Historians point out two distinct periods of artistic activity in Beksinski 's career. Between end-1960s and mid-80s, he was engaged with his 'fantastic' series highlighting dreamlike but hellish landscapes; unearthly architecture; and lurid figures. After this successful period that made him a household name in Poland, Beksinski 's style changed and entered a 'gothic' era, when his art became more abstract and less dreamlike.

Throughout his life, Beksinski avoided concrete analysis or metaphorical interpretation of his work, saying "I cannot conceive of a sensible statement on painting."

He hated explaining the 'meaning' of his images. "Meaning is meaningless to me. I do not care for symbolism and I paint what I paint without meditating on a story." All of his paintings remained untitled. He believed in the mystery of images rather than explicit definitions. "I react strongly to images that have no obvious answer to their mysteries. If there is a key to their construction, they are simply illustrations."

Another notable feature was that Beksinski never painted directly from nature. "I abhor everything which is 'natural', everything which comes 'directly from the cow,' as the Poles say. I drink instant coffee and milk powder, I eat powdered soups and only canned meat."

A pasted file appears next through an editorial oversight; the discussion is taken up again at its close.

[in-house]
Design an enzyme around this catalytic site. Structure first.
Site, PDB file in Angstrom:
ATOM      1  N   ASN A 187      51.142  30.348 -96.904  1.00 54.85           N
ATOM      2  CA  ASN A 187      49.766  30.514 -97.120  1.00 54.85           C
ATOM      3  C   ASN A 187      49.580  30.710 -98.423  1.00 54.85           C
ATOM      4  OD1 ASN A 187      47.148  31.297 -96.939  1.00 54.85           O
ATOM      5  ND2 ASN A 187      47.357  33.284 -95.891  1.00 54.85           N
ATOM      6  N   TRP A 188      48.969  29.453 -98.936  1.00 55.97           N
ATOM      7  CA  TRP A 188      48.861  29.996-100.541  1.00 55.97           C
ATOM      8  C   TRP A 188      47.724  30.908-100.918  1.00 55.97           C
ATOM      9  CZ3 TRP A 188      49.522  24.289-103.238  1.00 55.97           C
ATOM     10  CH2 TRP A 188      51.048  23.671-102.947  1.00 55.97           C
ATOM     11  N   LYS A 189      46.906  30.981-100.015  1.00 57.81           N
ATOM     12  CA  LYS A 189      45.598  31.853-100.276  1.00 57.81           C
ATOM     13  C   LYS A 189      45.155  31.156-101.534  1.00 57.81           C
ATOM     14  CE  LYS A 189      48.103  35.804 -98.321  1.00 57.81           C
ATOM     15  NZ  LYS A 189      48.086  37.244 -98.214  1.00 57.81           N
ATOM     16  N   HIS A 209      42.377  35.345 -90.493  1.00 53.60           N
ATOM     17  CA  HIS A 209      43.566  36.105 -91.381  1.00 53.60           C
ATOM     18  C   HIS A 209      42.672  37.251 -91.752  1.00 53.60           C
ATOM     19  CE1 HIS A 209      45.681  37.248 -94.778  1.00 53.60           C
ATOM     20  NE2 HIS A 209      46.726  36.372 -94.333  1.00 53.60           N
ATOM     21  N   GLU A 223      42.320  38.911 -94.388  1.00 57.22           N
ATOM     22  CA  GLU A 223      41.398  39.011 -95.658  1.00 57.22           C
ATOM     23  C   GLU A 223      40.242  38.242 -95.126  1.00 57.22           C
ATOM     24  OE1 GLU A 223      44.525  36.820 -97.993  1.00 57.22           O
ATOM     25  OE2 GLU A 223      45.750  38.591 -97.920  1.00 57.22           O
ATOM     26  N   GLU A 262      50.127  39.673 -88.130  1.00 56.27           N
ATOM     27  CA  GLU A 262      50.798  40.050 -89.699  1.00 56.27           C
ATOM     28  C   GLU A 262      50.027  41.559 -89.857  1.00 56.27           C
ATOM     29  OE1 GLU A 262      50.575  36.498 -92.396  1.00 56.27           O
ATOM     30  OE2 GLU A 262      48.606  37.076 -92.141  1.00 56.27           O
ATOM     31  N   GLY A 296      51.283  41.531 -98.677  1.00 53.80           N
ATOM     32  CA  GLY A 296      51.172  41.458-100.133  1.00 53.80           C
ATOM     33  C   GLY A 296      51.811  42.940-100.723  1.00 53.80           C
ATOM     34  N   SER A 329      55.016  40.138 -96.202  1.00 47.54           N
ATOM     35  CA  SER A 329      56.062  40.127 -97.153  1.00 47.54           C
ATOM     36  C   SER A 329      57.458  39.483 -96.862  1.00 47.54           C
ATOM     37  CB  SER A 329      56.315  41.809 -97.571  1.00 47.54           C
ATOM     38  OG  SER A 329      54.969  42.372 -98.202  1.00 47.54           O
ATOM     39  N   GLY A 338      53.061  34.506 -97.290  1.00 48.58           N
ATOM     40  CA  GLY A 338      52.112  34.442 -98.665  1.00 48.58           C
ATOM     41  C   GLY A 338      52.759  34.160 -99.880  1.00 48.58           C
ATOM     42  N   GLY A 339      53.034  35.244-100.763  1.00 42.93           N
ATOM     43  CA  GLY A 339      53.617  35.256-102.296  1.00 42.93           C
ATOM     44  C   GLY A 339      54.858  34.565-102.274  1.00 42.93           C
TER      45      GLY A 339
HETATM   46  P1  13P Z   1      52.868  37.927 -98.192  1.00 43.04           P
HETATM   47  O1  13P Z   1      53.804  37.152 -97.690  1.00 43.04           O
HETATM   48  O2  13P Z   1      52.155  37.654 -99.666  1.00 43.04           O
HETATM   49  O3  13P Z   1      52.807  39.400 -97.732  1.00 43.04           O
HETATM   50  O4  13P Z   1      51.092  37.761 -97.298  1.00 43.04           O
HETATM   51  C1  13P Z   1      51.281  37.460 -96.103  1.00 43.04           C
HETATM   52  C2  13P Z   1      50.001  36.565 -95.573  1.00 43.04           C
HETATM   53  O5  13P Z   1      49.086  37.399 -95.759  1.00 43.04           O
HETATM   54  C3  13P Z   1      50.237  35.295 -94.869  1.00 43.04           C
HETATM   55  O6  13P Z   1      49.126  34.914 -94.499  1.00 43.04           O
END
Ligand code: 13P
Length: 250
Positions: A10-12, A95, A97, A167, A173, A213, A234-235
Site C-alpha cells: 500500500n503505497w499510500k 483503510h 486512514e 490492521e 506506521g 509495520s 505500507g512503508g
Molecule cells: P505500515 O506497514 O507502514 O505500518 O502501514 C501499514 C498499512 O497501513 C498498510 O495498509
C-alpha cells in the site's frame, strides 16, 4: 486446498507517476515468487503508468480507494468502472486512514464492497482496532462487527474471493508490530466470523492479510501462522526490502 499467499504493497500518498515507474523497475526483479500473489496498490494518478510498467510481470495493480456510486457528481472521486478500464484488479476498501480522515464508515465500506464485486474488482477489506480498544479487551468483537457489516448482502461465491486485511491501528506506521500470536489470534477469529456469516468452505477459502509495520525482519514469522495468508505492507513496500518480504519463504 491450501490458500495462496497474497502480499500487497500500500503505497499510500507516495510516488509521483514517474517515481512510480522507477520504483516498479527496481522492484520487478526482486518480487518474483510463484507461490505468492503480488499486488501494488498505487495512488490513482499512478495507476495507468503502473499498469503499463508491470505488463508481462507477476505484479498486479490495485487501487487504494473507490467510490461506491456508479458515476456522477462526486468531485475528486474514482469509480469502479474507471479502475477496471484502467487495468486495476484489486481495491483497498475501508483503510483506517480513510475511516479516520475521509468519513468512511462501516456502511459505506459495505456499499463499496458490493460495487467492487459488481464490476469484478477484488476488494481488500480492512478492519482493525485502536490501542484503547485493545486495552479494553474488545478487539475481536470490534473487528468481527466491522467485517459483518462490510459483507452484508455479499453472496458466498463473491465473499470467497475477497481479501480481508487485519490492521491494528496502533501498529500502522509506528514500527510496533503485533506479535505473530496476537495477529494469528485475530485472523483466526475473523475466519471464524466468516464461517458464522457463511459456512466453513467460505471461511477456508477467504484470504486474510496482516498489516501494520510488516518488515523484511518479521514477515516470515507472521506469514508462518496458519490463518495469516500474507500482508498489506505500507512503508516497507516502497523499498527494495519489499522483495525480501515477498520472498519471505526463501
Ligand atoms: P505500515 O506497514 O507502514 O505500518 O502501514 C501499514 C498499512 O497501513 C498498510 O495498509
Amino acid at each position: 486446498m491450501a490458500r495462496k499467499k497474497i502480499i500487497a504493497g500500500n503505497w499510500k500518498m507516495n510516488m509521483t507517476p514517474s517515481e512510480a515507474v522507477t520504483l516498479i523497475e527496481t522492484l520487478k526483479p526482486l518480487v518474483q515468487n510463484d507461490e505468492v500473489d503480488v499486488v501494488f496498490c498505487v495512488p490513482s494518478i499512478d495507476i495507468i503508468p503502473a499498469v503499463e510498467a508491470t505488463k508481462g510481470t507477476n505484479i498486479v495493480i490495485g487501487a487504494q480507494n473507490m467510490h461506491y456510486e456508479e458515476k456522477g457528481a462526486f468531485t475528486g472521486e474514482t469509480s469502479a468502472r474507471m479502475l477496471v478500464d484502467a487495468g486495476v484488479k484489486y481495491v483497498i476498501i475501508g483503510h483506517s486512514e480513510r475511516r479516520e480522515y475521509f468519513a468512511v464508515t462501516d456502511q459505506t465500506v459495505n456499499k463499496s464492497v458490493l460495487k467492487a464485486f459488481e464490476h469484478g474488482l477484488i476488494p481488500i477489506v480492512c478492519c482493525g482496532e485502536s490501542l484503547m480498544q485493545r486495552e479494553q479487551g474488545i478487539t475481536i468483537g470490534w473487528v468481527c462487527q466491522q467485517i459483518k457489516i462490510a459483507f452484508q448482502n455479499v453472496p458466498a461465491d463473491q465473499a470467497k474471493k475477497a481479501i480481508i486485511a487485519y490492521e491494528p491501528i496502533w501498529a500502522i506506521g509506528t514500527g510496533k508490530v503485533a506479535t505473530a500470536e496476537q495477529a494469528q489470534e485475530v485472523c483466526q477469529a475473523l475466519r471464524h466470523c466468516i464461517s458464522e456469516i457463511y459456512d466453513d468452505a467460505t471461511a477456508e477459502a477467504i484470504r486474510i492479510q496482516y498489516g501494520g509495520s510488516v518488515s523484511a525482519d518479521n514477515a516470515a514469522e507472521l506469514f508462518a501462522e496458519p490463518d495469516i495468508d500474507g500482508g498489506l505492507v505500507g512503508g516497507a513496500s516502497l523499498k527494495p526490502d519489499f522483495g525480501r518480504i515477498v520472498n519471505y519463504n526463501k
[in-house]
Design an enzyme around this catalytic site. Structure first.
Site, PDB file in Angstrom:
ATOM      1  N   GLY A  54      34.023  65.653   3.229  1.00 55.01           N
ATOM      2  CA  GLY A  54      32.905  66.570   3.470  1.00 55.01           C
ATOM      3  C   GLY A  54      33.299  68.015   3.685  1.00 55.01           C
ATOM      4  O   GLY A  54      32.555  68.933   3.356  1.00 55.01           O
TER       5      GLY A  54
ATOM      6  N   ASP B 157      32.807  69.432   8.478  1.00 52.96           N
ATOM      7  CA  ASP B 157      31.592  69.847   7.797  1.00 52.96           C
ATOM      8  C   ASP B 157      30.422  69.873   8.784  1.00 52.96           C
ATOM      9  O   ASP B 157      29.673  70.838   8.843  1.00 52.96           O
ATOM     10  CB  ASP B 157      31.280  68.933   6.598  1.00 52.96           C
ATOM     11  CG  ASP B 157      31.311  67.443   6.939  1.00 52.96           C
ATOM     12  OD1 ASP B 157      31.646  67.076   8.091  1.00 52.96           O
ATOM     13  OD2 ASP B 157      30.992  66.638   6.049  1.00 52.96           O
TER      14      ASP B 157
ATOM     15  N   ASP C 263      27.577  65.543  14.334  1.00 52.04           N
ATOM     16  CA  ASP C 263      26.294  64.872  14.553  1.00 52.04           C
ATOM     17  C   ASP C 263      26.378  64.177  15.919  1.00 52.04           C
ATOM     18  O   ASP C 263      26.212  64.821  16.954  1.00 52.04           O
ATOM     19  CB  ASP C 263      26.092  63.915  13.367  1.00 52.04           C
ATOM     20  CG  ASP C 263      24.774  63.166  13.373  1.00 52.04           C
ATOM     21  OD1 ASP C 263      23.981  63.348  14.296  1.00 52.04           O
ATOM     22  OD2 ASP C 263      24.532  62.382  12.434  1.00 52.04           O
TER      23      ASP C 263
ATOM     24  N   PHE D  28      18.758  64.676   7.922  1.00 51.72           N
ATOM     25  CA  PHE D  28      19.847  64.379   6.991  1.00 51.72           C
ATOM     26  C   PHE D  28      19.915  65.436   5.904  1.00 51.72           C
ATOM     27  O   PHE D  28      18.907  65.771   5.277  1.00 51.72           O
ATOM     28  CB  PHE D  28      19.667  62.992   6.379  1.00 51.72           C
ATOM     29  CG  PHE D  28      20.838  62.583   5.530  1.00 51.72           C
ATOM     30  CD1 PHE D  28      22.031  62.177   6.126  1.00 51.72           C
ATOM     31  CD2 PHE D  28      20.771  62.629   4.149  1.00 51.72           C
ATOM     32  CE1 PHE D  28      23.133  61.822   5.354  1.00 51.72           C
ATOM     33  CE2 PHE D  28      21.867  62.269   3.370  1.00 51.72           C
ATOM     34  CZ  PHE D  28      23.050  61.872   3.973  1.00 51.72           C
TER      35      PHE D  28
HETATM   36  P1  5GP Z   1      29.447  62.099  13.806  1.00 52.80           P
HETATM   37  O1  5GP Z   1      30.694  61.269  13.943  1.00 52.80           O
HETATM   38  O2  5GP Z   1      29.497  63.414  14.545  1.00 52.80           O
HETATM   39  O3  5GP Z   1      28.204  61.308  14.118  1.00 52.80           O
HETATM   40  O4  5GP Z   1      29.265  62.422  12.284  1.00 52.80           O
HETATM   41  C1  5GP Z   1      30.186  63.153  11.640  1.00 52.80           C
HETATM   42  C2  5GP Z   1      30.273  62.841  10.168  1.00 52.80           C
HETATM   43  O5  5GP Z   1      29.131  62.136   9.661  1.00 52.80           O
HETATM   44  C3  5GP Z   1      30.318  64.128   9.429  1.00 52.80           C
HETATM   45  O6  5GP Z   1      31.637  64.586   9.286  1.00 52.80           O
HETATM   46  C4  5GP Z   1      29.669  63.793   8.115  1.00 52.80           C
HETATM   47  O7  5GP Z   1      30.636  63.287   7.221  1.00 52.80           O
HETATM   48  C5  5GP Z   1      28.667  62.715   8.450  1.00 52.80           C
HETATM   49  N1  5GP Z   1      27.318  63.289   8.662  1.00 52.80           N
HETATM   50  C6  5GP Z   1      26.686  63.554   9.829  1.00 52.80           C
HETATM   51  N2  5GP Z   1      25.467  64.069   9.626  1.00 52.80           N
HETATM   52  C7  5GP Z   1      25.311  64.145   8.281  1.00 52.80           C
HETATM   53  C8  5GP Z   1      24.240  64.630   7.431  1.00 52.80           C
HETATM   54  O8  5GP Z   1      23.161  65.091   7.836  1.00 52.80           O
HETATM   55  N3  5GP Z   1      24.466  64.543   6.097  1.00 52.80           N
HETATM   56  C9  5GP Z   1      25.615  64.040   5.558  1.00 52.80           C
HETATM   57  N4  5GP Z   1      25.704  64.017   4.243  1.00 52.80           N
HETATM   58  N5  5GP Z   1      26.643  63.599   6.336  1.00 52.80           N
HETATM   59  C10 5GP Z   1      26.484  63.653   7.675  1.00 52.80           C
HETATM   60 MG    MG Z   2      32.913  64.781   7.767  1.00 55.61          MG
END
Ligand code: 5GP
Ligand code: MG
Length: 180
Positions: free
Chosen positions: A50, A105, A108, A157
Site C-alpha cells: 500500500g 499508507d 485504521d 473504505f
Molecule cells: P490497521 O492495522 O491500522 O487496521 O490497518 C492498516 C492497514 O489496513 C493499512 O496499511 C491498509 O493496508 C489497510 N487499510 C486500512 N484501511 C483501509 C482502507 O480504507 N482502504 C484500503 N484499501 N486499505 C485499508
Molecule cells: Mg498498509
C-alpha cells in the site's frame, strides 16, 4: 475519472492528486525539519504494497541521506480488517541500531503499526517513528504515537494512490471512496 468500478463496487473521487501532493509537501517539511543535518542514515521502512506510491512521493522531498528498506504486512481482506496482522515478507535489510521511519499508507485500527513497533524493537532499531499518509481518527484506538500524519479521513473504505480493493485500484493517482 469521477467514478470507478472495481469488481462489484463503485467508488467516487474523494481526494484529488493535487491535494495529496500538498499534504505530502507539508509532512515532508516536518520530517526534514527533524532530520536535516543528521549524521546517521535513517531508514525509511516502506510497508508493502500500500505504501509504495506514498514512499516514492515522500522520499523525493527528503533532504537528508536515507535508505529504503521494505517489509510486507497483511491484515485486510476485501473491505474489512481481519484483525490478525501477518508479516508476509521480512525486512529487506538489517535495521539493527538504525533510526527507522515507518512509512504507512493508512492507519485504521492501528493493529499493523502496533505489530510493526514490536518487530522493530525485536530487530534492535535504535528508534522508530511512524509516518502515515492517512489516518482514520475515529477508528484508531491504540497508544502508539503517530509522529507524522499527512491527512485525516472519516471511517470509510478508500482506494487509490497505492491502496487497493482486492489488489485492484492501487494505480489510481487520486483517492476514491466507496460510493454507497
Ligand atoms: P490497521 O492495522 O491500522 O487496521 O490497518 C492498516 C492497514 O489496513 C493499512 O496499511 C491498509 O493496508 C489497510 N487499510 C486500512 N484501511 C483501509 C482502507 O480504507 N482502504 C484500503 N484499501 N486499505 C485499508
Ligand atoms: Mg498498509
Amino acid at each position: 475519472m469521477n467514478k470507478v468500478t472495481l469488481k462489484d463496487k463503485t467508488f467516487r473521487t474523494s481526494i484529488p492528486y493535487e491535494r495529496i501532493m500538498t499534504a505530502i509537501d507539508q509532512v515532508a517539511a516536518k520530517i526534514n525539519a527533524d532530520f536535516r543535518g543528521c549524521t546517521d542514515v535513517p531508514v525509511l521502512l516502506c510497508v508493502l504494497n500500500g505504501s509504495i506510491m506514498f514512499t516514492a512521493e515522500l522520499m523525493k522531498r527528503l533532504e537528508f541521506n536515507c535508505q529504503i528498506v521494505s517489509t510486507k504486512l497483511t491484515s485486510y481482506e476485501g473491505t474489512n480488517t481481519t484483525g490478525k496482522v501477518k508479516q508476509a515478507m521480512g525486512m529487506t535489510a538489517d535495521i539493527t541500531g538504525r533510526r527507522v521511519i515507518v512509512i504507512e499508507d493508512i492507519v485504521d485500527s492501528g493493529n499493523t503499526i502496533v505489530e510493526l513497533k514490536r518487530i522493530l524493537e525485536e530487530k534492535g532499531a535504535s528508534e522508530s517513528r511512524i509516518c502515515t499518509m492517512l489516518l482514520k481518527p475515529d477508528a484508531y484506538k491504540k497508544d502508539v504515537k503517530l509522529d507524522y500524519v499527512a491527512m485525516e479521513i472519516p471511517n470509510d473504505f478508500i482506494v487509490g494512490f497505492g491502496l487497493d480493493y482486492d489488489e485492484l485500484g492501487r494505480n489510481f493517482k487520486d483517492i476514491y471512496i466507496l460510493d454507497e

His abhorrence for a neat and orderly state was obvious. "When I paint a wall, I want the roughcast to peel off; when I paint an interior I want it to be covered with spider webs, I want a floor strewn with waste, rags garbage and filth of all sorts. To my eyes, a nice body, a smooth wall, a row of straight windows, a clean interior, a shining floor are, and will remain, the synonyms of boredom."

In 1977, Beksinski and his family shifted from Sanok to Warsaw. Before moving, he is said to have burned a selection of his works in his own backyard, without leaving any documentation about them. He explained that they were either "too personal" or "unsatisfactory," and in any case, he did not want people to see or know about them.

What's a trend?

Beksinski paid little or no attention to prevailing trends in art. Nor was he interested in gaining approval and admiration of critics. He avoided being present at public events and almost never visited museums  or exhibitions. Although his art was predominantly grim and gruesome, he himself was known to be a pleasant person with a keen sense of humour. He was modest and somewhat shy, but always ready for a good conversation.

Beksinski's life was beset with tragedy in his final years. Death, which he had portrayed in so many chilling ways, began to stalk his family in the late 1990s. Beksinski's wife Zofia succumbed to cancer in 1998. A year later, their son Tomasz, a well-known translator and popular music journalist, committed suicide.

"Beksinski will be remembered as a brilliant artist, and by those who knew him as a docile man with a profound wit and keen sense of the human condition," recalls James Cowan, president of Las Vegas-based Morpheus Fine Art. "What a remarkable man he was. A bit of Woody Allen, a dash of Oscar Wilde for spice, and brushes of Francisco Goya and William Turner."